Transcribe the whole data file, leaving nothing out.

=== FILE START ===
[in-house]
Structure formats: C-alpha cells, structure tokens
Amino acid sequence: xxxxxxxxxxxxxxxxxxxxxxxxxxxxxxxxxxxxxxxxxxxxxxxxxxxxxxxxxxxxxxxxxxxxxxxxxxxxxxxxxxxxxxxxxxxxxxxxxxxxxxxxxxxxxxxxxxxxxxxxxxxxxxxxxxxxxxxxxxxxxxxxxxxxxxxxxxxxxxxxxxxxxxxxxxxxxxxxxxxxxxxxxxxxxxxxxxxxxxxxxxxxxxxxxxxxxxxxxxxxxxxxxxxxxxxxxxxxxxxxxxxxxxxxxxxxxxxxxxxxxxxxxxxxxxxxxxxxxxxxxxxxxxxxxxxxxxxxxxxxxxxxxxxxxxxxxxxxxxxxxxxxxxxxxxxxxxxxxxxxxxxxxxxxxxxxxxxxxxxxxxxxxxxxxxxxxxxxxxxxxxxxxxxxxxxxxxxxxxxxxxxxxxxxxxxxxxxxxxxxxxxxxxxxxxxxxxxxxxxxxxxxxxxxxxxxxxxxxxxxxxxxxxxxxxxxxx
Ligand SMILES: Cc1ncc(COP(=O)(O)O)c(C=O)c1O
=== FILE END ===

[in-house]
Structure formats: C-alpha cells, structure tokens
Amino acid sequence: xxxxxxxxxxxxxxxxxxxxxxxxxxxxxxxxxxxxxxxxxxxxxxxxxxxxxxxxxxxxxxxxxxxxxxxxxxxxxxxxxxxxxxxxxxxxxxxxxxxxxxxxxxxxxxxxxxxxxxxxxxxxxxxxxxxxxxxxxxxxxxxxxxxxxxxxxxxxxxxxxxxxxxxxxxxxxxxxxxxxxxxxxxxxxxxxxxxxxxxxxxxxxxxxxxxxxxxxxxxxxxxxxxxxxxxxxxxxxxxxxxxxxxxxxxxxxxxxxxxxxxxxxxxxxxxxxxxxxxxxxxxxxxxxxxxxxxxxxxxxxxxxxxxxxxxxxxxxxxxxxxxxxxxxxxxxxxxxxxxxxxxxxxxxxxxxxxxxxxxxxxxxxxxxxxxxxxxxxxxxxxxxxxxxxxxxxxxxxxxxxxxxxxxxxxxxxxxxxxxxxxxxxxxxxxxxxxxxxxxxxxxxxxxxxxxxxxxxxxxxxxxxxxxxxxxxxx
Ligand SMILES: Cc1ncc(COP(=O)(O)O)c(C=O)c1O